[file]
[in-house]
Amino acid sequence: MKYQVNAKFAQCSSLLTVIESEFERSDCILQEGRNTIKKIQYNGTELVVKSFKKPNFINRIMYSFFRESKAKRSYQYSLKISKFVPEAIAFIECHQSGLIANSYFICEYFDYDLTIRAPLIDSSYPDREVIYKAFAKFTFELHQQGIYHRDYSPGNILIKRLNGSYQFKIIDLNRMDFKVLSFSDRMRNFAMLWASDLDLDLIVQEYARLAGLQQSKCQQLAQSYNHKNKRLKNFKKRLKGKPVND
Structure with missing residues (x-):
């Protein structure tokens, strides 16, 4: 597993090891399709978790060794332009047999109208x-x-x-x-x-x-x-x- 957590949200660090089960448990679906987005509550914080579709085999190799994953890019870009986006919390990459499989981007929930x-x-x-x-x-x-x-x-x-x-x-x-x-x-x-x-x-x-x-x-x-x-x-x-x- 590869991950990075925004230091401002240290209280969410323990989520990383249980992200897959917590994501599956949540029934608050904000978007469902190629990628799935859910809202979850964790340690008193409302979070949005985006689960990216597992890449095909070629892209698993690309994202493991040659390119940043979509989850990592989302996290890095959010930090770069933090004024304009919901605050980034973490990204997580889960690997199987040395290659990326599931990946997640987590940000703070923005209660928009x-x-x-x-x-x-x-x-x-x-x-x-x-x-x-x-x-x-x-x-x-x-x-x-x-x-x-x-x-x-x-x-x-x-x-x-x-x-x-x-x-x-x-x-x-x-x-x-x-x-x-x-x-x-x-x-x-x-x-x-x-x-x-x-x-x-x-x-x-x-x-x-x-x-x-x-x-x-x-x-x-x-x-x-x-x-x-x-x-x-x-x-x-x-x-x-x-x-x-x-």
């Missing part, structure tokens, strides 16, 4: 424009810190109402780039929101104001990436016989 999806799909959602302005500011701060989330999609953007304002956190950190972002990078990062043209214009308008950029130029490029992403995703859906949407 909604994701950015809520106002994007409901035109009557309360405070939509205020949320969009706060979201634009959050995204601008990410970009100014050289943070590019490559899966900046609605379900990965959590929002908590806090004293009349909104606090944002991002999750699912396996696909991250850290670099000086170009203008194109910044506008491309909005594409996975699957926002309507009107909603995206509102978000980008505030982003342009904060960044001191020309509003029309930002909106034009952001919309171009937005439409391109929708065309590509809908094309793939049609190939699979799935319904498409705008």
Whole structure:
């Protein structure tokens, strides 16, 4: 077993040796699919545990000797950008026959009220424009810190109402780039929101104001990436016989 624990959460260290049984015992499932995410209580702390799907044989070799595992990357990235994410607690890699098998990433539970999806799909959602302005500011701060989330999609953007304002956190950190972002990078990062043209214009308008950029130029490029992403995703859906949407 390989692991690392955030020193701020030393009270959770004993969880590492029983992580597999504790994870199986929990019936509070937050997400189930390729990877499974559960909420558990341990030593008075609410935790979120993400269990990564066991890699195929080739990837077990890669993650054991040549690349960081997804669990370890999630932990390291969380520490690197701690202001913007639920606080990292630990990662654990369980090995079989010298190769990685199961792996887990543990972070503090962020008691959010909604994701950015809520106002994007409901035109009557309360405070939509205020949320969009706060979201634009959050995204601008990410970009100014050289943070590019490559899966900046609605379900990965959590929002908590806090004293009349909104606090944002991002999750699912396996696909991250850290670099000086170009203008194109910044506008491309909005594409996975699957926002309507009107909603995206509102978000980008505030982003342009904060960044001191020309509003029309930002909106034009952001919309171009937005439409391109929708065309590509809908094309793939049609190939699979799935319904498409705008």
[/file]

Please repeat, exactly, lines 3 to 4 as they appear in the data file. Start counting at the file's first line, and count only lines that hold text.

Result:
Structure with missing residues (x-):
């Protein structure tokens, strides 16, 4: 597993090891399709978790060794332009047999109208x-x-x-x-x-x-x-x- 957590949200660090089960448990679906987005509550914080579709085999190799994953890019870009986006919390990459499989981007929930x-x-x-x-x-x-x-x-x-x-x-x-x-x-x-x-x-x-x-x-x-x-x-x-x- 590869991950990075925004230091401002240290209280969410323990989520990383249980992200897959917590994501599956949540029934608050904000978007469902190629990628799935859910809202979850964790340690008193409302979070949005985006689960990216597992890449095909070629892209698993690309994202493991040659390119940043979509989850990592989302996290890095959010930090770069933090004024304009919901605050980034973490990204997580889960690997199987040395290659990326599931990946997640987590940000703070923005209660928009x-x-x-x-x-x-x-x-x-x-x-x-x-x-x-x-x-x-x-x-x-x-x-x-x-x-x-x-x-x-x-x-x-x-x-x-x-x-x-x-x-x-x-x-x-x-x-x-x-x-x-x-x-x-x-x-x-x-x-x-x-x-x-x-x-x-x-x-x-x-x-x-x-x-x-x-x-x-x-x-x-x-x-x-x-x-x-x-x-x-x-x-x-x-x-x-x-x-x-x-």